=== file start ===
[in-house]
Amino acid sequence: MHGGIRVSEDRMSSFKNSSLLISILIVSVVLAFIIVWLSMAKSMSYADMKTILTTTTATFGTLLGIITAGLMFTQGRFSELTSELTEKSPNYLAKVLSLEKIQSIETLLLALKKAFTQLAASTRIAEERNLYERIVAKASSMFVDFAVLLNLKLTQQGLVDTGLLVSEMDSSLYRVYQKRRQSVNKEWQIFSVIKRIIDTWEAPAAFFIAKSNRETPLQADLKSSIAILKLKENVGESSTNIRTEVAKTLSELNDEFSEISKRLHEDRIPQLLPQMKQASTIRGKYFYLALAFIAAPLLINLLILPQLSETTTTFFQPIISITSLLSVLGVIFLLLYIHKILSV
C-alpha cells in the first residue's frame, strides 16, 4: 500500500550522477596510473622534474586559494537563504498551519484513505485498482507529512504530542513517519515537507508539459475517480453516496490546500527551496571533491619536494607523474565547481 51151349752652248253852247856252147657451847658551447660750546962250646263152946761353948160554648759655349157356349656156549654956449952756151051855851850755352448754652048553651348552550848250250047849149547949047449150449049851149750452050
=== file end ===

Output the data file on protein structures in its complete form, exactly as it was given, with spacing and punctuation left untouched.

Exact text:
[in-house]
Amino acid sequence: MHGGIRVSEDRMSSFKNSSLLISILIVSVVLAFIIVWLSMAKSMSYADMKTILTTTTATFGTLLGIITAGLMFTQGRFSELTSELTEKSPNYLAKVLSLEKIQSIETLLLALKKAFTQLAASTRIAEERNLYERIVAKASSMFVDFAVLLNLKLTQQGLVDTGLLVSEMDSSLYRVYQKRRQSVNKEWQIFSVIKRIIDTWEAPAAFFIAKSNRETPLQADLKSSIAILKLKENVGESSTNIRTEVAKTLSELNDEFSEISKRLHEDRIPQLLPQMKQASTIRGKYFYLALAFIAAPLLINLLILPQLSETTTTFFQPIISITSLLSVLGVIFLLLYIHKILSV
C-alpha cells in the first residue's frame, strides 16, 4: 500500500550522477596510473622534474586559494537563504498551519484513505485498482507529512504530542513517519515537507508539459475517480453516496490546500527551496571533491619536494607523474565547481 51151349752652248253852247856252147657451847658551447660750546962250646263152946761353948160554648759655349157356349656156549654956449952756151051855851850755352448754652048553651348552550848250250047849149547949047449150449049851149750452050